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© 2011 Ugur Akinci
(This one actually happened to me recently:)
Imagine you have a drawing, a “legacy document”, which includes some text that you need to change.
Since the drawing’s layers have been “flattened out” quite some time ago and it’s now a pure raster image (like .JPG or .GIF) you cannot obviously use your Text tool to edit it.
Even if you could, you might not have the exact same fonts to make sure the edited text or letter does not stand out from the rest of the characters in the drawing. It needs to be a PERFECT match. That’s your assignment.
So how are you going to do it?
Simple. Adobe Photoshop can edit ANY image on a pixel-by-pixel basis.
Since the text at this point is nothing but another image, you can blow it up to 800% or 1,000% and edit it pixel by pixel. I know, it is painful and can take a long time depending on your image. But sometimes that’s the only solution out. And when you’re done, everyone will think you had access to original text and fonts because the effect is indistinguishable.
Follow these steps:
Let’s say you have this image in which you want to change OFF on the left to ON, just like the one on the right:
(1) Blow your image up to at least 800% view to make sure you see the individual pixels clearly:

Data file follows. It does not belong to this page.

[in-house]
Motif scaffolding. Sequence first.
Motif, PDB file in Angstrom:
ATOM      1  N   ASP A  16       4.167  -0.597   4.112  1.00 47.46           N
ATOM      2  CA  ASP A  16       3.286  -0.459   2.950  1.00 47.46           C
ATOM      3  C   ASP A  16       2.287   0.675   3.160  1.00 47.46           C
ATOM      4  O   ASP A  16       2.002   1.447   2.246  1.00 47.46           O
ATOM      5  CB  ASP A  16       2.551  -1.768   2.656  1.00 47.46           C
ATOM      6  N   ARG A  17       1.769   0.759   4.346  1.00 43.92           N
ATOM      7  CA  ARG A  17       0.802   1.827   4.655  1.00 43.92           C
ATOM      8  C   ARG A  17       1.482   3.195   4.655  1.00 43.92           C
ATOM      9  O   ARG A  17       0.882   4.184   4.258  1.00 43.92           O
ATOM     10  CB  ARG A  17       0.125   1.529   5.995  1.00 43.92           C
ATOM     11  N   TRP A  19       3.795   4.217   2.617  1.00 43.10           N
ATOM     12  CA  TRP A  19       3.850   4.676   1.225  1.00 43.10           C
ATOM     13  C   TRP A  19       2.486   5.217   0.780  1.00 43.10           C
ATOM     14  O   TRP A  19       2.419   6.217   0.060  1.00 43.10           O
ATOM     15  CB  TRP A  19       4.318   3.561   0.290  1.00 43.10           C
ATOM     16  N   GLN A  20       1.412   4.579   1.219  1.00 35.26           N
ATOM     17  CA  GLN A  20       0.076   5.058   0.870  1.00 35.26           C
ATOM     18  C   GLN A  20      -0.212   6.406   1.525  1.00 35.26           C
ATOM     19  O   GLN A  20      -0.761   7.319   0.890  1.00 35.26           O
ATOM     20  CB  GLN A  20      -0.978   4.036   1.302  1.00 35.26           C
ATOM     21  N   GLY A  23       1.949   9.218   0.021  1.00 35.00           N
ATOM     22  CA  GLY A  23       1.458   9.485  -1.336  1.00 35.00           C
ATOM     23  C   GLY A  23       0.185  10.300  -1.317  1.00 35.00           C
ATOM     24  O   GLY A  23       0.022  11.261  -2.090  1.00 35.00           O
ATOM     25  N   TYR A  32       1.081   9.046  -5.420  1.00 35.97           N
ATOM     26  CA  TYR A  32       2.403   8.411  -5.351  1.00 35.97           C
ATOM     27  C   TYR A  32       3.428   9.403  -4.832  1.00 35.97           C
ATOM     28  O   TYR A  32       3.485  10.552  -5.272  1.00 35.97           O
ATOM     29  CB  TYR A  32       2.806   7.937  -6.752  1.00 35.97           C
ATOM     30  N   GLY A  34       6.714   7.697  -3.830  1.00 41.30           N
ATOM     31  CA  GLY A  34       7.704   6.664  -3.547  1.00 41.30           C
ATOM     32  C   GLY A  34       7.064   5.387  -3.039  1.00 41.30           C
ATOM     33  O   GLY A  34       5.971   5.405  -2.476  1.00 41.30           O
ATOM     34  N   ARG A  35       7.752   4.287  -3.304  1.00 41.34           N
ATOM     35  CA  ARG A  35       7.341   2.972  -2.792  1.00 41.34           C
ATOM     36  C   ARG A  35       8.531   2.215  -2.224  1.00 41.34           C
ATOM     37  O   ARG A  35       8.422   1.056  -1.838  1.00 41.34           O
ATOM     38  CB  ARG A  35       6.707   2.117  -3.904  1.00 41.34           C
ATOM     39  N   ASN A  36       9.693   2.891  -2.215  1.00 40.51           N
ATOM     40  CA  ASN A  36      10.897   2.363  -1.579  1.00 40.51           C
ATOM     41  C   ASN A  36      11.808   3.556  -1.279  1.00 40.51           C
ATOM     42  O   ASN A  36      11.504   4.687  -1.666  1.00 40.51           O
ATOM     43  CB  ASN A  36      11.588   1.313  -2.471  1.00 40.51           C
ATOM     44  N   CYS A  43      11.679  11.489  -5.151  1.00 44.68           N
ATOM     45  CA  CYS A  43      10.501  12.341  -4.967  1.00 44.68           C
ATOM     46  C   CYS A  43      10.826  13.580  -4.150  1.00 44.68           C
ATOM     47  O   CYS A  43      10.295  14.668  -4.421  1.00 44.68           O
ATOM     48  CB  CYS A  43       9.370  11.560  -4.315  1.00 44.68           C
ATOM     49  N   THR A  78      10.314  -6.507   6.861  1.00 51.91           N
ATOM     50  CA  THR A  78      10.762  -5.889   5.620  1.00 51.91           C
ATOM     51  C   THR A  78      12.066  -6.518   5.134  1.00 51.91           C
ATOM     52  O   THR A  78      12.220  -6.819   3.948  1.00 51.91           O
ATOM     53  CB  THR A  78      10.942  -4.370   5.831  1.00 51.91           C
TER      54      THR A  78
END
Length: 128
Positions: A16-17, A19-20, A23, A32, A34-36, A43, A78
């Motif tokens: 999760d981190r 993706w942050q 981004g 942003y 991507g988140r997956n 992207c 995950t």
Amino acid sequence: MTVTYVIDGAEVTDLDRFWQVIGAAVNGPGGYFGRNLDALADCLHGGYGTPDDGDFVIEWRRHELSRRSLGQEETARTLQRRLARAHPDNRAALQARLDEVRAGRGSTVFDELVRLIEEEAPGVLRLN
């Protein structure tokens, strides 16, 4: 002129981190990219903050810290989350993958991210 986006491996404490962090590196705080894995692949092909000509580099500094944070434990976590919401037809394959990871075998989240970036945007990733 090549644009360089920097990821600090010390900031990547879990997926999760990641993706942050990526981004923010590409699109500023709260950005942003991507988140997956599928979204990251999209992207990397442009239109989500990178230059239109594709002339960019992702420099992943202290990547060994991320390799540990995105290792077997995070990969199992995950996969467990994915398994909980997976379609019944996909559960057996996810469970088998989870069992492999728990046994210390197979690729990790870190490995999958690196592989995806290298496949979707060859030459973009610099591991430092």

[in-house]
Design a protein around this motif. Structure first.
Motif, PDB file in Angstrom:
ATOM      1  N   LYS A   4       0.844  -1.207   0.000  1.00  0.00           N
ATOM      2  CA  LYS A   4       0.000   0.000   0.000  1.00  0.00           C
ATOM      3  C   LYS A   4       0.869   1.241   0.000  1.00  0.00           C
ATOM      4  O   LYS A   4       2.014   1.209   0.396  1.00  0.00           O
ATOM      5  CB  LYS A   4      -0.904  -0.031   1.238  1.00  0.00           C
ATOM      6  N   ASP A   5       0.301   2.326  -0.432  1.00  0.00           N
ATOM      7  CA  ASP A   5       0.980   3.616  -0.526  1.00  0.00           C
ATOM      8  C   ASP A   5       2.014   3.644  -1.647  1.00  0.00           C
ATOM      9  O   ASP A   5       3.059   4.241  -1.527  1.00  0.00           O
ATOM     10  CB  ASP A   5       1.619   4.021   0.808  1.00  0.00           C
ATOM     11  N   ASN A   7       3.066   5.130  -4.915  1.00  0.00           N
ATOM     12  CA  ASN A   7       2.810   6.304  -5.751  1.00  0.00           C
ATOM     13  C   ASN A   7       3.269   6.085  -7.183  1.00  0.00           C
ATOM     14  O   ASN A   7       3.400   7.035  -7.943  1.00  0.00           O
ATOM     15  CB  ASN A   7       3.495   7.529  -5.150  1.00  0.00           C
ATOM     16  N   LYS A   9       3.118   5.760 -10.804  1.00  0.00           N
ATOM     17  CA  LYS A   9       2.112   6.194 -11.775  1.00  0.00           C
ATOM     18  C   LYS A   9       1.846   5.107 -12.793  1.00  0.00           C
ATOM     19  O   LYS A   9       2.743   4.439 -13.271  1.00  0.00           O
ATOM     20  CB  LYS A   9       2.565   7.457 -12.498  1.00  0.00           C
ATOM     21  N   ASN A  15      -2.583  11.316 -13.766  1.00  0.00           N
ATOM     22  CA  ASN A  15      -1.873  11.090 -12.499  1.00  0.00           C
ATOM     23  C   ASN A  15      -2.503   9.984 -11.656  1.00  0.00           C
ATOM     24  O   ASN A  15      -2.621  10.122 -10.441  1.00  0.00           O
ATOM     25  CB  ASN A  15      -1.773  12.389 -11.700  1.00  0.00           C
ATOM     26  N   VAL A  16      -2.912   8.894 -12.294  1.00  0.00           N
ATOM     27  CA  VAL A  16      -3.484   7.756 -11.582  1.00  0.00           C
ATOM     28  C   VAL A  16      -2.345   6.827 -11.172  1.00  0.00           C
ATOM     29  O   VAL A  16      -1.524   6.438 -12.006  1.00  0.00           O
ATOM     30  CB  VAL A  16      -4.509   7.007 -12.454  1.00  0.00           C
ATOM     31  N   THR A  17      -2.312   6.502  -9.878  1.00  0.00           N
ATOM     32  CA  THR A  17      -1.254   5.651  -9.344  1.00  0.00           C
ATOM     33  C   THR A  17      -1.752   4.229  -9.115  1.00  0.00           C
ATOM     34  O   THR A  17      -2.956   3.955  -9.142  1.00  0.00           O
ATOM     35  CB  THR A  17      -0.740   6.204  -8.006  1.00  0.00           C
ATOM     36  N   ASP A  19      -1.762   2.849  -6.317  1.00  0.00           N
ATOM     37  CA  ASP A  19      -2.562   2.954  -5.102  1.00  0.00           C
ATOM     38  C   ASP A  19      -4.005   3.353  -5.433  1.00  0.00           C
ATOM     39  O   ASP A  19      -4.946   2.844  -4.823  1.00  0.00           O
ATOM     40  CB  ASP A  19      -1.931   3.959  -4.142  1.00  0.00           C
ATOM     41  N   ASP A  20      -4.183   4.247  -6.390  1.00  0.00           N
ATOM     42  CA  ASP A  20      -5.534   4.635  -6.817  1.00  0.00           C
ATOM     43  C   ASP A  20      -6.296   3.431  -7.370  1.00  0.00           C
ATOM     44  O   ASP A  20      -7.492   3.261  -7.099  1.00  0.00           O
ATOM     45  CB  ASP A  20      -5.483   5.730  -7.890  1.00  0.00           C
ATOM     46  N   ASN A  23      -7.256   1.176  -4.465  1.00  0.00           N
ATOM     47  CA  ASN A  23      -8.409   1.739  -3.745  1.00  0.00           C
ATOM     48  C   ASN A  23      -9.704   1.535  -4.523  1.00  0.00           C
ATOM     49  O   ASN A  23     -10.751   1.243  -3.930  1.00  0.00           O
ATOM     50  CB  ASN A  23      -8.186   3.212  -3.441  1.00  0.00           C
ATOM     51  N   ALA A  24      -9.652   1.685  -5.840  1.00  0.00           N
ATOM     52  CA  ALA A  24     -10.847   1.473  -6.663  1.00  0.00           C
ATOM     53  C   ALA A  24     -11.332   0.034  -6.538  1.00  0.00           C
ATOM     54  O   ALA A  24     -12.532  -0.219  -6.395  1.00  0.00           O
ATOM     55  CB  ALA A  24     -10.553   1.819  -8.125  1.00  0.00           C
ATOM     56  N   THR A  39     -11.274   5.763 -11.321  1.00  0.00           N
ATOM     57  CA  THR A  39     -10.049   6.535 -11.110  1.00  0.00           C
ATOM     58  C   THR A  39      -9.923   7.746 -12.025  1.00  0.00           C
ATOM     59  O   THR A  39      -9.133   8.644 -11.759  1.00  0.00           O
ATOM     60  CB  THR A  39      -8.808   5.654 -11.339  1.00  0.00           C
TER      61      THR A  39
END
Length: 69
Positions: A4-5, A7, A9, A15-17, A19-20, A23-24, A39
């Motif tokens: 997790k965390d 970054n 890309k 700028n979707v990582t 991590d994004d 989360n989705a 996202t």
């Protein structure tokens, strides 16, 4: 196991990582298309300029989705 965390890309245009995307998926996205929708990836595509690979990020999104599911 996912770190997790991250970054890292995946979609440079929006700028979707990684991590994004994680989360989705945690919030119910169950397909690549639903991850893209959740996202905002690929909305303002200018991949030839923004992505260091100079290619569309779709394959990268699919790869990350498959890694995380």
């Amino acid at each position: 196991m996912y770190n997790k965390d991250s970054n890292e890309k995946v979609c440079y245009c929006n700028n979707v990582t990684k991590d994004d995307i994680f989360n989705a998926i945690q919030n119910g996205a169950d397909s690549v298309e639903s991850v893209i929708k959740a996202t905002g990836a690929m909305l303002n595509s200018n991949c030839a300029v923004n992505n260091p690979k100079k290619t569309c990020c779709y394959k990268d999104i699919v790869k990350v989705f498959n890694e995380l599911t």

(Click to enlarge the images)
(2) Grab your ERASE (E) tool and erase the letters you do not need:
NOTE: If TRANSPARENCY shows through the “delete holes” make sure you include a layer UNDERNEATH your current one that is filled with the BACKGROUND color.
(3) Select the EYEDROPPER TOOL (I) and sample the color of the pixel(s) in the letter that you will copy — in our case, the letter “N” on the right. You have changed your FOREGROUND COLOR to the right value.
(4) Select the PENCIL TOOL (B) and start adding one pixel at a time to sculpt your NEW letter “N” by copying pixel positions from the OLD letter “N”. To draw your pixels in perfect vertical and horizontal lines hold the SHIFT key while dragging the pencil tool.
(5) Shift back and forth between the EYEDROPPER and PENCIL tools as many times as necessary to make sure you are picking up all the fine shades of various pixels. You can do that easily by just pressing the I and B keys.
Here is the result:
(Click the image to enlarge it)
And here it is at 100% view:
Can you tell the difference?